Alter Bridge’s Myles Kennedy Discusses Putting The Power Of The Riff Into The Band’s New Album (Exclusive)

As Alter Bridge prepares to kick off the new year with a tour, vocalist and guitarist Myles Bridge shares how he helped write their new album, ‘Pawns & Kings,’ with the almighty riff in mind.

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There’s the pop hook that enters your ear and never leaves. There’s the killer verse that elevates a rap track into a hip-hop classic. And there’s the guitar riff that transforms a rock song into an anthem. For Myles Kennedy – singer, songwriter, and vocalist in Alter Bridge – the band’s seventh album, Pawns & Kings, is his master’s thesis in riffology, a work that saw him take his guitarmanship to the next level. “It was interesting on this record, for whatever reason, I just had a lot more [riffs] —  not that I didn’t bring in heavy riffs in the past,” Myles says when discussing the album with HollywoodLife.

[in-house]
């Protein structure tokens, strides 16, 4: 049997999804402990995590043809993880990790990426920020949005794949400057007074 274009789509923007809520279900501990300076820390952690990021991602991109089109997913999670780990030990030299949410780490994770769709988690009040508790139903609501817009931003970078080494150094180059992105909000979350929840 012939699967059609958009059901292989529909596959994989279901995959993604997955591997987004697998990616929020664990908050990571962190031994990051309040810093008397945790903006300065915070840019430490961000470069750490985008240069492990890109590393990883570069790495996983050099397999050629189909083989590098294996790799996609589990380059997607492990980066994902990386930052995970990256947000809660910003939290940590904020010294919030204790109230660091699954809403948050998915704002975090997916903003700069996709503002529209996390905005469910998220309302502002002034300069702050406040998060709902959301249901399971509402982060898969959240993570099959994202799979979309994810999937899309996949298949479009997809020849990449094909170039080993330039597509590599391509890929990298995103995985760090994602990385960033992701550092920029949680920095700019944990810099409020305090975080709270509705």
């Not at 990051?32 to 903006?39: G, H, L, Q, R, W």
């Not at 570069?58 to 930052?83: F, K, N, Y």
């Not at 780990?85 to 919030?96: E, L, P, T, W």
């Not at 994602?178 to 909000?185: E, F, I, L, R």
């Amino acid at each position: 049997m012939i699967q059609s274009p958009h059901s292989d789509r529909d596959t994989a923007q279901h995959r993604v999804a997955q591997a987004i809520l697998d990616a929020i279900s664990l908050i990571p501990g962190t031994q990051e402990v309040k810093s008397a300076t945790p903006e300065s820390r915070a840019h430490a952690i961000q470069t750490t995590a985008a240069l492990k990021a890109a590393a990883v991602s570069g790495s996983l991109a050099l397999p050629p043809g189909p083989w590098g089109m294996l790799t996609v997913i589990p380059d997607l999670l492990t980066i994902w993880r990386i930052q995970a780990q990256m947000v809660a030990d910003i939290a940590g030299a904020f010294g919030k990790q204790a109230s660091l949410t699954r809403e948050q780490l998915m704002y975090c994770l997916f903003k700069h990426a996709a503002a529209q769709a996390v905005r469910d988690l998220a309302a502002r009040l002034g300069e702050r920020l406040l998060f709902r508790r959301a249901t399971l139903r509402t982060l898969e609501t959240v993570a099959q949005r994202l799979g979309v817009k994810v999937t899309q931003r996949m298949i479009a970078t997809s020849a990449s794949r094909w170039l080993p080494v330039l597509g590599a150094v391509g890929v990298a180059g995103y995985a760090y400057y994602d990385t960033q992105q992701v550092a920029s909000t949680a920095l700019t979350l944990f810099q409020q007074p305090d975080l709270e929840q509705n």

“I used to have a guitar tech at the bottom of his emails, in the sign-off, the quote was ‘the power of the riff compels me.’ And I always thought that was so true,” he adds. “Because a good riff, there’s something so captivating about it, right?”

A good riff can do wonders for your health. It can also change your life, as seen with Myles – who has been traversing the world alongside Mark Tremonti (lead & rhythm guitar), Bryan Marshall (bass), and Scott Phillips (drums) for almost twenty years. Had it not been for one faithful day as a youth, he may not have been set upon this path of rock glory.

“The first riff I can remember,” he says, “I was a kid, leaving daycare. I get in the car, and my mom’s got the radio on, and [Deep Purple’s] ‘Smoke On The Water’s on the radio. This was a long time ago, mind you, and I just remember being so like, ‘wow, what is that?’ It just kind of sucks you in. So, I do love a good riff, and for whatever reason, on this record, it felt like the well was just brimming with riffs, at least, from my angle.”